Every morning this week we’re taking a look at the amendments Florida voters will see on the ballot. Today we’re tackling Leon County’s One Cent Local Government Sur Tax Extension. Okaying the measure means a 20-year extension for a one penny tax shoppers have been paying for decades.
Since 1989 the extra 1 percent sales tax has helped pay for road and public safety projects. More recently the use for that money has expanded. Now it covers the cost of sidewalks, parks, and storm water projects. Kim Williams works with the group Leon Alliance for a Better community.
“One of the great assets of the current penny tax that we’ve all seen come to fruition is Cascades Park and we were planning to be in Cascades Park this morning, but more importantly, Cascades Park is acting out its other role in our community, which is storm water retention and preventing the flooding on the Southside of Tallahassee,” Willliams says.
Cascades Park is one of the city’s newest penny sales tax projects. Officials say the park will help boost economic development efforts in the Gaines Street area and attract new business. All of that of course comes at a price: An extra penny for every dollar shoppers spend. It’s an additional one-percent on top of the sales tax the state requires. It can add up. But for most purchases the extra tax applies only to the first $5,000 on a single item. On the purchase of a $20,000 car in Tallahassee, for example, citizens would pay an extra $50 in sales tax.* That’s a cost some would say is worth it.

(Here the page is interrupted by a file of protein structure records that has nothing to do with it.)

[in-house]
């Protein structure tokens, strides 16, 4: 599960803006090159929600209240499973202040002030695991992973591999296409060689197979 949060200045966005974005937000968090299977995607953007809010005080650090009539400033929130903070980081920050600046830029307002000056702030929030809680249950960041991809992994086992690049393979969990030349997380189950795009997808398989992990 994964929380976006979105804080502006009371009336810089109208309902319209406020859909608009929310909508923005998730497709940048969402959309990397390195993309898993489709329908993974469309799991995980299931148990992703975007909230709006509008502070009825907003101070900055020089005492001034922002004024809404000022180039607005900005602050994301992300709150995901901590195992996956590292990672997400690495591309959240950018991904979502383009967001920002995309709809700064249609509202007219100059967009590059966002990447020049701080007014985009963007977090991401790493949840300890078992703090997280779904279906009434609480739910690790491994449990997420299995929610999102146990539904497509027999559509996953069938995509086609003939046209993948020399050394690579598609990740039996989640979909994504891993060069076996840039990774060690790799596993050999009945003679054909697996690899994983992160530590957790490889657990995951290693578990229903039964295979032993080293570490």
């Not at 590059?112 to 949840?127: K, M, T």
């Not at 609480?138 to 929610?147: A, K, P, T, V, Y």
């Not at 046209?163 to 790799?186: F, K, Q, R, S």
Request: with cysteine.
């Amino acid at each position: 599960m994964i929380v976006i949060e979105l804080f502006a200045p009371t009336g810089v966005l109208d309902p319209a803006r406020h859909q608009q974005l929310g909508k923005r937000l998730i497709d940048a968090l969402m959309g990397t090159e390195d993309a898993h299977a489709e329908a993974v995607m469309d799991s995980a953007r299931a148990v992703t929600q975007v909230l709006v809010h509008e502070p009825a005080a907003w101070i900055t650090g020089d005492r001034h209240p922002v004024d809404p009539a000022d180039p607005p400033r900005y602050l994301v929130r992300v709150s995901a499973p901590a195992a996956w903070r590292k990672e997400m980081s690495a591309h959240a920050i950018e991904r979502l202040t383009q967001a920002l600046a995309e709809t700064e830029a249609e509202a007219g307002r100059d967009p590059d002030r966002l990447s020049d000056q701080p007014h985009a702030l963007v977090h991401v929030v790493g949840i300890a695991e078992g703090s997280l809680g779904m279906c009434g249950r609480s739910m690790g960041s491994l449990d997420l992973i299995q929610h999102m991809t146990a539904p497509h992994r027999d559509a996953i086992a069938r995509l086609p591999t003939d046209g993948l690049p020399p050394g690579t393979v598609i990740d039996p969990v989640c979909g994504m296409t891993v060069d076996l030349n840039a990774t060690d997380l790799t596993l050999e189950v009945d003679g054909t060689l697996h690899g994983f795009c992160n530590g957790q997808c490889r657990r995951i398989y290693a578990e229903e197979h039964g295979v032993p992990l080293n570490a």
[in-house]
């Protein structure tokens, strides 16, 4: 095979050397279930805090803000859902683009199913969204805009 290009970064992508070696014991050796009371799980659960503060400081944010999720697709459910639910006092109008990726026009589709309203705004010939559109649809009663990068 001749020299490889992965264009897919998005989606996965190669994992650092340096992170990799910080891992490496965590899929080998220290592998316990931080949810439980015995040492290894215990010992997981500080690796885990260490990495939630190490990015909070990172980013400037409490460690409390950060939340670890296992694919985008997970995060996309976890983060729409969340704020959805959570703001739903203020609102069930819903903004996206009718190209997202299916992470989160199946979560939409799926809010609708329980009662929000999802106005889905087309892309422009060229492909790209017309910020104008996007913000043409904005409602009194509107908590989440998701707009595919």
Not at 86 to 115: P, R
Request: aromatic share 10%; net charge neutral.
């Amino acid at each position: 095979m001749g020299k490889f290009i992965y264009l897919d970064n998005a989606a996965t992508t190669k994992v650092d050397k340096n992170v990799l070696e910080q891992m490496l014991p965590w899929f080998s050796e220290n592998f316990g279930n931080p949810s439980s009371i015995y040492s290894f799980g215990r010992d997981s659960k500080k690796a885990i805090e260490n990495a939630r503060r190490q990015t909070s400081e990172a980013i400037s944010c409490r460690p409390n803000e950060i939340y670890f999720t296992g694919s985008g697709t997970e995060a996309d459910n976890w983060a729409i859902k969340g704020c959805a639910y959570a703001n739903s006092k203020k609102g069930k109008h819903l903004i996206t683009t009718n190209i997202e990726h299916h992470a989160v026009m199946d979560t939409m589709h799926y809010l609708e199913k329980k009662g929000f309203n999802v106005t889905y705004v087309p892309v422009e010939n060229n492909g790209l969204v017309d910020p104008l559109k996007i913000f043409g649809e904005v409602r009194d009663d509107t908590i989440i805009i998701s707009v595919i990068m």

Cole Armstrong lives in Tallahassee. He’s on his way back to his car after a stop for lunch at the FSU golf course. While he says he hasn’t visited Cascades Park yet, he’s happy to know he helped pay for it.
“It’s something that I hadn’t noticed and actually I didn’t even know anything about it until I was told and definitely if the public works can benefit from a one-percent sales tax that’s something that is beneficial and should be continued," Armstrong says.
And just because Armstrong hasn’t used Cascades Park, doesn’t mean he hasn’t used other projects the penny tax has paid for. Assistant City Manager Michelle Bono says there have been quite a few since the tax first went into place.
“Thomasville Road, people think has been like that for a long time, well that was a sales tax project that improved the road and expanded it and orange avenue and Blair stone Road and Capital Circle -- actually the work is still going on closer to the airport on the West side of town,” Bono says.
But that question-- is it worth it-- if you’re a voter in Tallahassee or Leon County, that’s up to you.
Most of the money goes to the group Blue Print 2,000 for joint city and county projects. Often officials use that money to get more through matching grants. If voters decided to extend the penny tax officials already have plan for how they’ll it.
“And one of the reasons is because when we work on this process is takes sometimes years of planning so if you say today we’re going to have money to do this we start working on the plans and the priorities because you go through design and you go through permitting. It just is a process to go through," Bono says.
Voters can learn more about the tax extension and see plans for how the next 20 years of money could be spent on the website leonpenny.org. Bono says a vote against the tax doesn’t mean those projects won’t get completed, but she says without that revenue it’ll be up to officials to choose priorities and find alternative funding sources.
*An original version of this story calculated the extra tax paid based on the full cost of the car, but local discretionary sales taxes are applied to just the first $5,000 of most single item purchases. So rather than paying an extra $200 for the penny sales tax, Leon County shoppers would pay an extra $50.